A Fish-Eyed View of Kuala Lumpur

Twilight quickly yields to night at Petronas Twin Towers in Kuala Lumpur, Malaysia’s capital city.

Petronas Towers At Night - Kuala Lumpur, Malaysia
A fish-eyed view of the Petronas Twin Towers at night.

Under the shadow of the towers, Kuala Lumpur’s streets are currently plastered with election posters in Malay, Chinese, Hindi and occasionally Arabic and English. Apparently, elections do take place in countries other than the United States.

Election posters spanning cultures and languages serve as a reminder of Malaysia’s diversity – a diversity that we have taken advantage of at every meal.

We will share more in the way of photos and stories later, of course. In the meantime, we celebrate the long-awaited arrival of our visas to India. Tomorrow we’re off for Melaka, a Portuguese-influenced trading port in southern Malaysia, and then to Singapore a few days later. There, we’ll try our hand at securing some new visas to China.

From Singapore, we head to Kochi (Kerala) to kick-off our visit to India.

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  1. Pete De Ritter says

    I’m wondering if you will be able to make it to Ludhiana, Punjab to search for your grandfather’s hospital?
    I just read some papers he wrote about esophageal reconstruction and tuberculosis written when he was working in Korea. What a guy.
    My doctor gave me the OK to go back to work this coming Monday if they will take me back in a wheelchair. Waiting for the OK from HR people.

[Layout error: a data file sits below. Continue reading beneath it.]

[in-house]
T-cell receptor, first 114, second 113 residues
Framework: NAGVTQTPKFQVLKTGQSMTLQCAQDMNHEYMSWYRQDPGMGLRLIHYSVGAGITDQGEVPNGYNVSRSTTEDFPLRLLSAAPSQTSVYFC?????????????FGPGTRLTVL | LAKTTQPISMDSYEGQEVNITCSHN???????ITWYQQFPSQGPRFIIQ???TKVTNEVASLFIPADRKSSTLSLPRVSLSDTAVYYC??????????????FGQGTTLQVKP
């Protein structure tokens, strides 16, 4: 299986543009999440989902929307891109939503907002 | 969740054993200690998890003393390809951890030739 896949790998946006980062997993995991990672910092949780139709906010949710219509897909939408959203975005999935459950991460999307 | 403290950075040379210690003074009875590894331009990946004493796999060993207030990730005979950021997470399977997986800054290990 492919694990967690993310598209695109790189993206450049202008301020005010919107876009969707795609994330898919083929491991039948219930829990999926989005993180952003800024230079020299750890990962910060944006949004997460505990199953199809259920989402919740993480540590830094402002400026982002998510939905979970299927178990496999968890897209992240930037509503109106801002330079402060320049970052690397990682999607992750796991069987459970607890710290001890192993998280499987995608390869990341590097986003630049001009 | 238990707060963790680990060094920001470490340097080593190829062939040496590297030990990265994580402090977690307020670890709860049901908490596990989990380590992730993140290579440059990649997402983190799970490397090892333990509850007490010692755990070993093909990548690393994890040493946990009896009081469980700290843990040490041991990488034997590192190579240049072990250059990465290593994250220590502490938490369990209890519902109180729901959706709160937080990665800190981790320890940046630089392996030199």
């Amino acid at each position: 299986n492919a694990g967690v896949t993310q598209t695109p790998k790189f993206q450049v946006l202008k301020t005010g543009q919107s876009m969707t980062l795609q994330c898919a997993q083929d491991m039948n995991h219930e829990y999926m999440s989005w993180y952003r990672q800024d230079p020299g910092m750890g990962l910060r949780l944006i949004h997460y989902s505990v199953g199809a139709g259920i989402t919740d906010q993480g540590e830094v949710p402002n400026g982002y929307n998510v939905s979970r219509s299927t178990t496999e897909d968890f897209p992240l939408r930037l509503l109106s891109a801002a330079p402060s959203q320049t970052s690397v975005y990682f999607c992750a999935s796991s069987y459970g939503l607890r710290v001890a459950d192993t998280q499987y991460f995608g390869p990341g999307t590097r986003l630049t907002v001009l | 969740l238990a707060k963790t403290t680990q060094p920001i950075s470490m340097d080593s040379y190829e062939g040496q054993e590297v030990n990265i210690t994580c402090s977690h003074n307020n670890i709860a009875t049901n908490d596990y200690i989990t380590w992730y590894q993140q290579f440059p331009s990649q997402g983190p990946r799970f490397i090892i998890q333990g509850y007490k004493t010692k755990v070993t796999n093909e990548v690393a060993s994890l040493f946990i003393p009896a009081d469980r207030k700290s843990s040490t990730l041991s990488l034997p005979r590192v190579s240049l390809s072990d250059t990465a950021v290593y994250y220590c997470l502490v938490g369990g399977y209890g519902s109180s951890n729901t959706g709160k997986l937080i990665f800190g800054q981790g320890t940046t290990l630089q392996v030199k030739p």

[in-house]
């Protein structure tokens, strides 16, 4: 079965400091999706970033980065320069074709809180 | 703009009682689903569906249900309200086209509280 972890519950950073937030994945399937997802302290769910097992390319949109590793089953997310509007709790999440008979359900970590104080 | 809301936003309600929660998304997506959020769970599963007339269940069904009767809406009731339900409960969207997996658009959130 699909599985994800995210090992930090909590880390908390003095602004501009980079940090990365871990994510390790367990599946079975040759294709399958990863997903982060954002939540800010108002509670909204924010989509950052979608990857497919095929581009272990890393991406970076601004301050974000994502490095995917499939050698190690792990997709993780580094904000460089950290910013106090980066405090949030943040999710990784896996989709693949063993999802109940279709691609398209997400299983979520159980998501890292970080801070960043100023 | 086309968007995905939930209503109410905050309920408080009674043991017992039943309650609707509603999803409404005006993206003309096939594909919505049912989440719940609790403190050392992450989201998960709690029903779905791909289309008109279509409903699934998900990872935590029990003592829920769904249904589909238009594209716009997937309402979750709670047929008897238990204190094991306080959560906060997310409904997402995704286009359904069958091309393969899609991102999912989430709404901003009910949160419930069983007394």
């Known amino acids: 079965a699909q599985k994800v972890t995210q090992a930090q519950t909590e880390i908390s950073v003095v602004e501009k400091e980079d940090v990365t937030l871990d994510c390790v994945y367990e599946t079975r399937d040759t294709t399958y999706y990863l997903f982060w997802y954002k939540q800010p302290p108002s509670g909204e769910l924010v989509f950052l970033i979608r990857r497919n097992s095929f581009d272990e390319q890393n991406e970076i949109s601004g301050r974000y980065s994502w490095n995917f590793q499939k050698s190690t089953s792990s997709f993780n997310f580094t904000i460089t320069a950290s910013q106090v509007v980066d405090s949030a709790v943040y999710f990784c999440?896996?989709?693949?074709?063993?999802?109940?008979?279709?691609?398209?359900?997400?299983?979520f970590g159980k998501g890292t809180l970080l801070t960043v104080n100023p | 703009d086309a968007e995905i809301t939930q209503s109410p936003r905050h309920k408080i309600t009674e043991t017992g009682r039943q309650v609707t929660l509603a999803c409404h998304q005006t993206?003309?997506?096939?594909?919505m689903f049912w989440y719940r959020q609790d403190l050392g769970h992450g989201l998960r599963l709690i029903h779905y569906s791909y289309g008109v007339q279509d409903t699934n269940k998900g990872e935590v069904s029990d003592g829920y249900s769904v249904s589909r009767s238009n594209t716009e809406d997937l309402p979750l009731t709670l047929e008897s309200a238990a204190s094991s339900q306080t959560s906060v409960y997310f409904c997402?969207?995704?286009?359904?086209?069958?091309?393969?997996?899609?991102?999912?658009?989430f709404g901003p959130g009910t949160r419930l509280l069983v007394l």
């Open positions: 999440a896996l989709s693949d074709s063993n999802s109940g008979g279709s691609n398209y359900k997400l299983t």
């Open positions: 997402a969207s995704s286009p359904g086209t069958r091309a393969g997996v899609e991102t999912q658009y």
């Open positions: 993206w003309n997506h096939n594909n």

Blessings on your travels in India.

  2. says

    We’re still working out our India itinerary; we’re still not sure if we’ll make it to Ludhiana or not. My father has been trying to contact the hospital where my grandfather worked in case are able to visit. My grandfather is certainly a “fix it” type of guy, coming up with solutions to help people in need.

    Glad to hear you’re recovery is coming along so well!

  3. says

    Hey Kids,

    Beautiful photo. Those night shots are always trickey. The paranoia in me often hesitates when taking pictures of famous structures in a “post-9/11” world. Will the secret police suspect the worse and sweep me away? Maybe it’s cause I haven’t been out Cheney country for 8 years and I know longer feel the warm fuzziness of due process.

    Here’s a related item from a few years back that you might find interesting: “Proposed NYC Subway Photo Ban Is Dead;
    Photo Ban In Hempstead, Long Island, Is Rescinded” http://www.nppa.org/news_and_events/news/2005/05/subway.html


  4. says

    Michael: Thanks! We took this one with an 8mm fisheye lens and the help of a monopod. We’ve also found that white balance settings also make a huge difference in night photography.

    Interesting you mention the post-9/11 world. I took some time setting up this shot and wondered whether I’d draw the ire of police and security around Petronas Towers. Not at all.

    I carry the monopod in a cloth bag that looks like a rifle holster when slung over my shoulder. That gets some funny looks.

    Other than that, we tend to play the role of unsuspecting tourists (which to some degree we are) when poking our cameras where they otherwise might not belong. In that arena, the police state mentality of places like Turkmenistan, Uzbekistan, Kazakhstan, and Tajikistan definitely helped us hone our surreptitious photo-taking skills.


    I am amazed to see the skyscapers of malasia. I wish to see the type of sky scapers in kerala

  6. says

    @Murali: Be careful what you wish for! Although a skyscraper like the Petronas Towers fits Kuala Lumpur, maybe Kerala has something different (better, smaller) in its future as it develops.

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